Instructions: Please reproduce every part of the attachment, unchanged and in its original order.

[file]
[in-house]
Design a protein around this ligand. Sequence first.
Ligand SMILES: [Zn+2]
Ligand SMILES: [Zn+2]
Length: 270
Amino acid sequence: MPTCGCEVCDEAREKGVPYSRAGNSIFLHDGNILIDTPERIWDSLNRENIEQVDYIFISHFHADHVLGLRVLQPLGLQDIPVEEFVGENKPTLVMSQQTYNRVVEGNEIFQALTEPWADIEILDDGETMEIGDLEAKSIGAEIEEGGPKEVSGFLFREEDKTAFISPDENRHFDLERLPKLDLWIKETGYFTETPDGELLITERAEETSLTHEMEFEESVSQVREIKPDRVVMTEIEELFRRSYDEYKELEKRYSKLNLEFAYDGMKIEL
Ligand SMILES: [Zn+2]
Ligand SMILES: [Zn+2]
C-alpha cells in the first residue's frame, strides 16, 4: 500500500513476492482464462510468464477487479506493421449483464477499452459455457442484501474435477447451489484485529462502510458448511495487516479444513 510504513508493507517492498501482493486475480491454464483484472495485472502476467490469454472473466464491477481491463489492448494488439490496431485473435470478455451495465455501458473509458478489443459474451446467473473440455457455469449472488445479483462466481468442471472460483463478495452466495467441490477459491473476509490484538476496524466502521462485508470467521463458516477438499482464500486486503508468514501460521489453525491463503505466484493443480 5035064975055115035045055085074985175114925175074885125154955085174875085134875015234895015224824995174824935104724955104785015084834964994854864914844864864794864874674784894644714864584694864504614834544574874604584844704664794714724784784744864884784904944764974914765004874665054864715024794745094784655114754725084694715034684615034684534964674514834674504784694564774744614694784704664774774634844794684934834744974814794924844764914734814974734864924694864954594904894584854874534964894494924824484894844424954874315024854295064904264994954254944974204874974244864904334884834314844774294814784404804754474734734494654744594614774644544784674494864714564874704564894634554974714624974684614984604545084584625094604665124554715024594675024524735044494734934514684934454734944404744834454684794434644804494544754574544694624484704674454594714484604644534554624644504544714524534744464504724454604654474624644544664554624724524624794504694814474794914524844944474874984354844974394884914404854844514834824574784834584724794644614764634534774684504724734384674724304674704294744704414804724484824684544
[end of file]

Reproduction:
[in-house]
Design a protein around this ligand. Sequence first.
Ligand SMILES: [Zn+2]
Ligand SMILES: [Zn+2]
Length: 270
Amino acid sequence: MPTCGCEVCDEAREKGVPYSRAGNSIFLHDGNILIDTPERIWDSLNRENIEQVDYIFISHFHADHVLGLRVLQPLGLQDIPVEEFVGENKPTLVMSQQTYNRVVEGNEIFQALTEPWADIEILDDGETMEIGDLEAKSIGAEIEEGGPKEVSGFLFREEDKTAFISPDENRHFDLERLPKLDLWIKETGYFTETPDGELLITERAEETSLTHEMEFEESVSQVREIKPDRVVMTEIEELFRRSYDEYKELEKRYSKLNLEFAYDGMKIEL
Ligand SMILES: [Zn+2]
Ligand SMILES: [Zn+2]
C-alpha cells in the first residue's frame, strides 16, 4: 500500500513476492482464462510468464477487479506493421449483464477499452459455457442484501474435477447451489484485529462502510458448511495487516479444513 510504513508493507517492498501482493486475480491454464483484472495485472502476467490469454472473466464491477481491463489492448494488439490496431485473435470478455451495465455501458473509458478489443459474451446467473473440455457455469449472488445479483462466481468442471472460483463478495452466495467441490477459491473476509490484538476496524466502521462485508470467521463458516477438499482464500486486503508468514501460521489453525491463503505466484493443480 5035064975055115035045055085074985175114925175074885125154955085174875085134875015234895015224824995174824935104724955104785015084834964994854864914844864864794864874674784894644714864584694864504614834544574874604584844704664794714724784784744864884784904944764974914765004874665054864715024794745094784655114754725084694715034684615034684534964674514834674504784694564774744614694784704664774774634844794684934834744974814794924844764914734814974734864924694864954594904894584854874534964894494924824484894844424954874315024854295064904264994954254944974204874974244864904334884834314844774294814784404804754474734734494654744594614774644544784674494864714564874704564894634554974714624974684614984604545084584625094604665124554715024594675024524735044494734934514684934454734944404744834454684794434644804494544754574544694624484704674454594714484604644534554624644504544714524534744464504724454604654474624644544664554624724524624794504694814474794914524844944474874984354844974394884914404854844514834824574784834584724794644614764634534774684504724734384674724304674704294744704414804724484824684544